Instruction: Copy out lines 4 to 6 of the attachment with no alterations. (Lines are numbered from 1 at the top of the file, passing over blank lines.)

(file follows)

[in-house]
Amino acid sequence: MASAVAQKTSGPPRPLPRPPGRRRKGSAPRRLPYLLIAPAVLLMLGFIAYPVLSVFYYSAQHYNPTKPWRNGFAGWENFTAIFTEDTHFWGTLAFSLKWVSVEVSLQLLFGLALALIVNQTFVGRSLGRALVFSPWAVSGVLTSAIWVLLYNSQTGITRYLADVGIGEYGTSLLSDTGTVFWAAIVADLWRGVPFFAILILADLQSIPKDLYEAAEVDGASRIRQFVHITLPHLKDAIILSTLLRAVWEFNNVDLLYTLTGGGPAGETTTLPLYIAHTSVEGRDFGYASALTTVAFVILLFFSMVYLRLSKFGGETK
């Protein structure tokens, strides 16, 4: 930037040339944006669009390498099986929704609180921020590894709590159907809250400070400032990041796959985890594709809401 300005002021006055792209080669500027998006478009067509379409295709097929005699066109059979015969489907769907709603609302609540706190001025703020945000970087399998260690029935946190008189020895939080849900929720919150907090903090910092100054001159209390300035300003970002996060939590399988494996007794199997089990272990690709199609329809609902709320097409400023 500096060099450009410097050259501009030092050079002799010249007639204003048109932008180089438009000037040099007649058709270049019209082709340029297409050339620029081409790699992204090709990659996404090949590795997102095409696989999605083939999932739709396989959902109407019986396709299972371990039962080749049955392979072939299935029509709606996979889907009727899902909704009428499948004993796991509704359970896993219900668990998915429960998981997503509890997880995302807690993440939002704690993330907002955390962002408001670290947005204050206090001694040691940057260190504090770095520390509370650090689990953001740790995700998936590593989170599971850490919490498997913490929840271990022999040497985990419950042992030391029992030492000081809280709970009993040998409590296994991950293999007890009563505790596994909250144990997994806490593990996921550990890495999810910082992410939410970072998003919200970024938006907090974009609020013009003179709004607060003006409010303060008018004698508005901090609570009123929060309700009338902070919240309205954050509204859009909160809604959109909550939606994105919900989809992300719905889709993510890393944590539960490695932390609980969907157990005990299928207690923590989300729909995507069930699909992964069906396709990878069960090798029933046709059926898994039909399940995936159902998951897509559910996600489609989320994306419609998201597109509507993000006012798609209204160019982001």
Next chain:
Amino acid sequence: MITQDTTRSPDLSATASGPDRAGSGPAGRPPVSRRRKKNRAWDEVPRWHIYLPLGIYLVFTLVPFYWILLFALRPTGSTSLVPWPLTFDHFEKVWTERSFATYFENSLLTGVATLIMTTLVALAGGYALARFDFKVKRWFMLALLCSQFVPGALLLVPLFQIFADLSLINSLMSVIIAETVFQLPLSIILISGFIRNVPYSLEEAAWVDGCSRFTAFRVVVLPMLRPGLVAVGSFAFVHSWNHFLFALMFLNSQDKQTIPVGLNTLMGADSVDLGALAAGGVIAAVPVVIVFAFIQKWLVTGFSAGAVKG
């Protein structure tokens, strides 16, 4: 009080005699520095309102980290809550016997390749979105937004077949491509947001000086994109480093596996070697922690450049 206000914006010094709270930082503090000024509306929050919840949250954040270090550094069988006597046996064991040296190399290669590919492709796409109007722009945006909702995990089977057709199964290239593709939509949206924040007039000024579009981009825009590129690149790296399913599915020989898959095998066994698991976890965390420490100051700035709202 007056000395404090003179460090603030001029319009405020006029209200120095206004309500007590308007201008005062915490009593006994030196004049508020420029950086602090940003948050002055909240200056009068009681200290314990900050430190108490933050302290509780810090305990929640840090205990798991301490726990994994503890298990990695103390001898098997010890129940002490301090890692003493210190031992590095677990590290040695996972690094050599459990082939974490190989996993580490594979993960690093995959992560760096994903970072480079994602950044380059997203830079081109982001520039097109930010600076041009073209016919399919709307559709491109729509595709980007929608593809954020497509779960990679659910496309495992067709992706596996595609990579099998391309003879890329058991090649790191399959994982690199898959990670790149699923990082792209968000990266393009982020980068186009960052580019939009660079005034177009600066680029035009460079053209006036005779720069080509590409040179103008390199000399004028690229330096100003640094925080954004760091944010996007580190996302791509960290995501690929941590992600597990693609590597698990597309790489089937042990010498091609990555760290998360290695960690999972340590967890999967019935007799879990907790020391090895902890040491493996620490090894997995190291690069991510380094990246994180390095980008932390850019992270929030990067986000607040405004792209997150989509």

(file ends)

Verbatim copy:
Next chain:
Amino acid sequence: MITQDTTRSPDLSATASGPDRAGSGPAGRPPVSRRRKKNRAWDEVPRWHIYLPLGIYLVFTLVPFYWILLFALRPTGSTSLVPWPLTFDHFEKVWTERSFATYFENSLLTGVATLIMTTLVALAGGYALARFDFKVKRWFMLALLCSQFVPGALLLVPLFQIFADLSLINSLMSVIIAETVFQLPLSIILISGFIRNVPYSLEEAAWVDGCSRFTAFRVVVLPMLRPGLVAVGSFAFVHSWNHFLFALMFLNSQDKQTIPVGLNTLMGADSVDLGALAAGGVIAAVPVVIVFAFIQKWLVTGFSAGAVKG
């Protein structure tokens, strides 16, 4: 009080005699520095309102980290809550016997390749979105937004077949491509947001000086994109480093596996070697922690450049 206000914006010094709270930082503090000024509306929050919840949250954040270090550094069988006597046996064991040296190399290669590919492709796409109007722009945006909702995990089977057709199964290239593709939509949206924040007039000024579009981009825009590129690149790296399913599915020989898959095998066994698991976890965390420490100051700035709202 007056000395404090003179460090603030001029319009405020006029209200120095206004309500007590308007201008005062915490009593006994030196004049508020420029950086602090940003948050002055909240200056009068009681200290314990900050430190108490933050302290509780810090305990929640840090205990798991301490726990994994503890298990990695103390001898098997010890129940002490301090890692003493210190031992590095677990590290040695996972690094050599459990082939974490190989996993580490594979993960690093995959992560760096994903970072480079994602950044380059997203830079081109982001520039097109930010600076041009073209016919399919709307559709491109729509595709980007929608593809954020497509779960990679659910496309495992067709992706596996595609990579099998391309003879890329058991090649790191399959994982690199898959990670790149699923990082792209968000990266393009982020980068186009960052580019939009660079005034177009600066680029035009460079053209006036005779720069080509590409040179103008390199000399004028690229330096100003640094925080954004760091944010996007580190996302791509960290995501690929941590992600597990693609590597698990597309790489089937042990010498091609990555760290998360290695960690999972340590967890999967019935007799879990907790020391090895902890040491493996620490090894997995190291690069991510380094990246994180390095980008932390850019992270929030990067986000607040405004792209997150989509």